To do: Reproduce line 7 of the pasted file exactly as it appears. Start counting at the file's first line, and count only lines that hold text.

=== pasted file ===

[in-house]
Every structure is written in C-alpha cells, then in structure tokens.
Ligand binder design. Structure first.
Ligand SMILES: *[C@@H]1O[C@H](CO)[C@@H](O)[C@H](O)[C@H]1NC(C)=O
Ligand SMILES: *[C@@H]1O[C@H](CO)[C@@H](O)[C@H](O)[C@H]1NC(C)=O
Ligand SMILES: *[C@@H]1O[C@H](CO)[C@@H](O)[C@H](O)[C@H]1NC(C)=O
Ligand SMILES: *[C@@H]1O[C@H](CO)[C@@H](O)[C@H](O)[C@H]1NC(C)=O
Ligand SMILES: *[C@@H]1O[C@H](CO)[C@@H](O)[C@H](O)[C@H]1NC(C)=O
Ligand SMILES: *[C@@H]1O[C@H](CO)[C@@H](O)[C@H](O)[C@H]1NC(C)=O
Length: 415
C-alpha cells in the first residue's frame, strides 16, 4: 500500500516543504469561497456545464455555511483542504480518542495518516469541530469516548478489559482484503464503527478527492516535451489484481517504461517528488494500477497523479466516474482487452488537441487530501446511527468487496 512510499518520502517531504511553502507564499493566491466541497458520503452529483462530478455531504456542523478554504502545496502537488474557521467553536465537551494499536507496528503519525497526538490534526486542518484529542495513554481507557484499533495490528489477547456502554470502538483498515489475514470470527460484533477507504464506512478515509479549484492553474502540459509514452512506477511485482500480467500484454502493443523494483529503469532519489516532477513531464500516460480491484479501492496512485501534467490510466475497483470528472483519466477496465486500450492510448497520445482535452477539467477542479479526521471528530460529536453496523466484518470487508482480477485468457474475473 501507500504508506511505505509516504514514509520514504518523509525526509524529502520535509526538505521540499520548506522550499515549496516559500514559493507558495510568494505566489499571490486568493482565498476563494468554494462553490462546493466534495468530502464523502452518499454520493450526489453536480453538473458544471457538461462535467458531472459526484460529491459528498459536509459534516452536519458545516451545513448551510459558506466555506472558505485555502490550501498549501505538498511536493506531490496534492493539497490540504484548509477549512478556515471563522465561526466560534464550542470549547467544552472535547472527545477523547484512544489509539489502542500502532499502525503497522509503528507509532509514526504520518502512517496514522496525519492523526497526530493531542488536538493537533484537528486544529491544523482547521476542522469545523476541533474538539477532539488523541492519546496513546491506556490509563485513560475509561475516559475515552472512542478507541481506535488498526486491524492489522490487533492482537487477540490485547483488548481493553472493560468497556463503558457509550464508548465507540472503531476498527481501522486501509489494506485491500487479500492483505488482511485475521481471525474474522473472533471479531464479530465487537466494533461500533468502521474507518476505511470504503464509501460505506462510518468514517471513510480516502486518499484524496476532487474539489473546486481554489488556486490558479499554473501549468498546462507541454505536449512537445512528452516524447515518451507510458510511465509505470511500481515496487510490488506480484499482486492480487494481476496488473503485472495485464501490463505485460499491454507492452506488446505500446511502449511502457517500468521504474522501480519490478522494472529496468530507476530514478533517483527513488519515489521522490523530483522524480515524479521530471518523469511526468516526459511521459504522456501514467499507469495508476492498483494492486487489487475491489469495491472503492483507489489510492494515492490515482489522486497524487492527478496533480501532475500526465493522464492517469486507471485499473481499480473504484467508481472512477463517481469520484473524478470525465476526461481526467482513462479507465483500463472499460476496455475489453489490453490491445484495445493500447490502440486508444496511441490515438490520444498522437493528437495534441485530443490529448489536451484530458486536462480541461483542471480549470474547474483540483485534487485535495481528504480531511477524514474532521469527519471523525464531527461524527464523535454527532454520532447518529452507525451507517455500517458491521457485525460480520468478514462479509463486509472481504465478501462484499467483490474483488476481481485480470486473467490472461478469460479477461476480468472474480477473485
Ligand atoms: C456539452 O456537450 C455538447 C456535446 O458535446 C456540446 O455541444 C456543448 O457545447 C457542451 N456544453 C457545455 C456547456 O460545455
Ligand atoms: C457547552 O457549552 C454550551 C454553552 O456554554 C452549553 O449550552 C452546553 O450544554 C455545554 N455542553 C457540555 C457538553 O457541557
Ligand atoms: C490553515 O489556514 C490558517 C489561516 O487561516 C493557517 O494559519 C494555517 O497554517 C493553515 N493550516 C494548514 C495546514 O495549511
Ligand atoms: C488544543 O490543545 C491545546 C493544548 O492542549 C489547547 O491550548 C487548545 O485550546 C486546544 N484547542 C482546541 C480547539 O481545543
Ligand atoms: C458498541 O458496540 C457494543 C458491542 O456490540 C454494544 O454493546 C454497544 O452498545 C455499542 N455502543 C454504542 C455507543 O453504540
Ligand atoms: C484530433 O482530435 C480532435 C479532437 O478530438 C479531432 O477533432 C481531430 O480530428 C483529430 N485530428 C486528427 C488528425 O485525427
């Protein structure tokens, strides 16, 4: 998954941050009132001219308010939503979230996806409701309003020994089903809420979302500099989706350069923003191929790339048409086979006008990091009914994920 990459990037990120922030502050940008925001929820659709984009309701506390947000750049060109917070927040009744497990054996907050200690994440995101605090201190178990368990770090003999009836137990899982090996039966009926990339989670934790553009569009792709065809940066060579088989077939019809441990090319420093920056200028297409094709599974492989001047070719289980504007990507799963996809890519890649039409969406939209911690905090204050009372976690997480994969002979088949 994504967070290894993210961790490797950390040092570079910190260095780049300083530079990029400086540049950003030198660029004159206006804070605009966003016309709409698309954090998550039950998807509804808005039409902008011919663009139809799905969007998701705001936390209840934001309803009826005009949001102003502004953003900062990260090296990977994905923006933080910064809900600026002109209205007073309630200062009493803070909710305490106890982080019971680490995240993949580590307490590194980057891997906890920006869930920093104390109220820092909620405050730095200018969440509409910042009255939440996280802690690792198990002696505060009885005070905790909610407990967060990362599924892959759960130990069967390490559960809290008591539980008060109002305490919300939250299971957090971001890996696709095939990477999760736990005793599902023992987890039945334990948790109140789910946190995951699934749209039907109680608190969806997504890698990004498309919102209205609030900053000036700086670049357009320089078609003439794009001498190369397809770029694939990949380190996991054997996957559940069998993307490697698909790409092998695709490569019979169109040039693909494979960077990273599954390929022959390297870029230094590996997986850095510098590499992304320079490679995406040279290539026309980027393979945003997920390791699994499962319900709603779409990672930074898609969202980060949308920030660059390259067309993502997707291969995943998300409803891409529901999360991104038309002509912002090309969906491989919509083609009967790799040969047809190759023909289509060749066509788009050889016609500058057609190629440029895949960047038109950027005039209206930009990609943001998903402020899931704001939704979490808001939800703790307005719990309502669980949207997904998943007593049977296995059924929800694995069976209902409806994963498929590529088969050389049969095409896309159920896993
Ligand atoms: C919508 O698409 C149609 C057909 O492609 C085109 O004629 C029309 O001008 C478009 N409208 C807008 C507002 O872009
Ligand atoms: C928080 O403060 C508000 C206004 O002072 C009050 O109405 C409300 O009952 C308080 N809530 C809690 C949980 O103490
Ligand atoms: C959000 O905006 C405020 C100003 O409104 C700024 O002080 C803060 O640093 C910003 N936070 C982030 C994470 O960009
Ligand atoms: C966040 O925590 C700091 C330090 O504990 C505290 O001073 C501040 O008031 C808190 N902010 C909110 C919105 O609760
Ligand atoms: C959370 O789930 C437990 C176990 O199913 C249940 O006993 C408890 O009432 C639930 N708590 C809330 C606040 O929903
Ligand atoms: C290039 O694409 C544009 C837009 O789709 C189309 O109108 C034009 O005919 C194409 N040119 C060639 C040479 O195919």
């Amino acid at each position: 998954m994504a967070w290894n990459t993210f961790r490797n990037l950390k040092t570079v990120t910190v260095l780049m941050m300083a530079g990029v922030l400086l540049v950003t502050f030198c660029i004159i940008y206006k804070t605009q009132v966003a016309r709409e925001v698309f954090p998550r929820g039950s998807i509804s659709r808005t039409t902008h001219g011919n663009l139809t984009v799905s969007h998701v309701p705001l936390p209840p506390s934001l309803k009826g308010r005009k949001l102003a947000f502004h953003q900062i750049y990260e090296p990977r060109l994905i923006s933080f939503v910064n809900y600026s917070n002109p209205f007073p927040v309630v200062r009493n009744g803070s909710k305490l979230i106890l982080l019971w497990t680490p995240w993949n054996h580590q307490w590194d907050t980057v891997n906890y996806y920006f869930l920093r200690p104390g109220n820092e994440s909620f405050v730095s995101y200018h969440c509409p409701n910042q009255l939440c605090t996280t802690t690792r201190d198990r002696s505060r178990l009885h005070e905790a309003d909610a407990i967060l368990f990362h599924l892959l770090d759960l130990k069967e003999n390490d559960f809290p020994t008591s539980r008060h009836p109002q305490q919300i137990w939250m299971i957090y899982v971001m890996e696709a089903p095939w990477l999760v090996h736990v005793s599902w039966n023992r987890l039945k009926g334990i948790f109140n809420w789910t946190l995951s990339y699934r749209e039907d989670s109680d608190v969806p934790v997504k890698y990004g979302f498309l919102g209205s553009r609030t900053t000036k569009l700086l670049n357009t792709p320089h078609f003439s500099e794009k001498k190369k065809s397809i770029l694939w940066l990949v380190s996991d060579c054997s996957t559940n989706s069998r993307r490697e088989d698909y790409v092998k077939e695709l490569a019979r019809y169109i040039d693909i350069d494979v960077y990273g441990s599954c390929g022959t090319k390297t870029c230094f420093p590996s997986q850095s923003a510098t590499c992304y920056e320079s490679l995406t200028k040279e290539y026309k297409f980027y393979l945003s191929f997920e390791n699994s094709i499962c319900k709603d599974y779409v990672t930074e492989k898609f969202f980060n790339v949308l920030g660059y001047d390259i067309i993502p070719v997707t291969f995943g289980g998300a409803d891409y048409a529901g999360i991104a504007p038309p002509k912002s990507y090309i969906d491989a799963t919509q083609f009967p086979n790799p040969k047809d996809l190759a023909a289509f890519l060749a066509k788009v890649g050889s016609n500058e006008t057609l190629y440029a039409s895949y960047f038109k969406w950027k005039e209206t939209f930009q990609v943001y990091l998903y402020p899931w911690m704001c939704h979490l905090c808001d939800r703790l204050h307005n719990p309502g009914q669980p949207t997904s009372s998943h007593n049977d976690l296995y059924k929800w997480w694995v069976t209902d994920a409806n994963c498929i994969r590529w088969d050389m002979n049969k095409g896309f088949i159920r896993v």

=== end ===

Ligand SMILES: *[C@@H]1O[C@H](CO)[C@@H](O)[C@H](O)[C@H]1NC(C)=O